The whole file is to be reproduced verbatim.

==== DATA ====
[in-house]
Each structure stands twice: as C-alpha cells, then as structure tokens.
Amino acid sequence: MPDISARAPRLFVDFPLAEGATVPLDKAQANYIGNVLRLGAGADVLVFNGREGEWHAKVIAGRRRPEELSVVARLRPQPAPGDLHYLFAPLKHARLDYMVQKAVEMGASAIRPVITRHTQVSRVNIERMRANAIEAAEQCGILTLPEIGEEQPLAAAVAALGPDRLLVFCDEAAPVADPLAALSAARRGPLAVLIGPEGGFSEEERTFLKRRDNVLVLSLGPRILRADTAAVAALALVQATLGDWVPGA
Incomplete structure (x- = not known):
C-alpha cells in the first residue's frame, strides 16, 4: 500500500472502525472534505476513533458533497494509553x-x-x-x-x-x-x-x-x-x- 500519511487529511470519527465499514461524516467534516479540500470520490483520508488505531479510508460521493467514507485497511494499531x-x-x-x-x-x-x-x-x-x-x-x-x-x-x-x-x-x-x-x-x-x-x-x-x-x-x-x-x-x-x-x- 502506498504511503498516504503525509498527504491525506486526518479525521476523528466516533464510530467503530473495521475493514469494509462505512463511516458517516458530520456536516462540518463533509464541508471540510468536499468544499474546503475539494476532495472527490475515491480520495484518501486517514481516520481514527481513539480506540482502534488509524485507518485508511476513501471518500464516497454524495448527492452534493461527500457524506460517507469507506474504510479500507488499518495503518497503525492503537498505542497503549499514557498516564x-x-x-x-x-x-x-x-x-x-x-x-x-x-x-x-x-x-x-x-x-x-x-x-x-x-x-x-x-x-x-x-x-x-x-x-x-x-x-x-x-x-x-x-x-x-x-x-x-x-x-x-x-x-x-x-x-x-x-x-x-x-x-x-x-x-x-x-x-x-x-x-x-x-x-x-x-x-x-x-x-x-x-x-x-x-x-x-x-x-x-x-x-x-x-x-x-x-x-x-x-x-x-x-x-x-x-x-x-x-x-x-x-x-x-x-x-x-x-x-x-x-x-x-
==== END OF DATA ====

[in-house]
Each structure stands twice: as C-alpha cells, then as structure tokens.
Amino acid sequence: MPDISARAPRLFVDFPLAEGATVPLDKAQANYIGNVLRLGAGADVLVFNGREGEWHAKVIAGRRRPEELSVVARLRPQPAPGDLHYLFAPLKHARLDYMVQKAVEMGASAIRPVITRHTQVSRVNIERMRANAIEAAEQCGILTLPEIGEEQPLAAAVAALGPDRLLVFCDEAAPVADPLAALSAARRGPLAVLIGPEGGFSEEERTFLKRRDNVLVLSLGPRILRADTAAVAALALVQATLGDWVPGA
Incomplete structure (x- = not known):
C-alpha cells in the first residue's frame, strides 16, 4: 500500500472502525472534505476513533458533497494509553x-x-x-x-x-x-x-x-x-x- 500519511487529511470519527465499514461524516467534516479540500470520490483520508488505531479510508460521493467514507485497511494499531x-x-x-x-x-x-x-x-x-x-x-x-x-x-x-x-x-x-x-x-x-x-x-x-x-x-x-x-x-x-x-x- 502506498504511503498516504503525509498527504491525506486526518479525521476523528466516533464510530467503530473495521475493514469494509462505512463511516458517516458530520456536516462540518463533509464541508471540510468536499468544499474546503475539494476532495472527490475515491480520495484518501486517514481516520481514527481513539480506540482502534488509524485507518485508511476513501471518500464516497454524495448527492452534493461527500457524506460517507469507506474504510479500507488499518495503518497503525492503537498505542497503549499514557498516564x-x-x-x-x-x-x-x-x-x-x-x-x-x-x-x-x-x-x-x-x-x-x-x-x-x-x-x-x-x-x-x-x-x-x-x-x-x-x-x-x-x-x-x-x-x-x-x-x-x-x-x-x-x-x-x-x-x-x-x-x-x-x-x-x-x-x-x-x-x-x-x-x-x-x-x-x-x-x-x-x-x-x-x-x-x-x-x-x-x-x-x-x-x-x-x-x-x-x-x-x-x-x-x-x-x-x-x-x-x-x-x-x-x-x-x-x-x-x-x-x-x-x-x-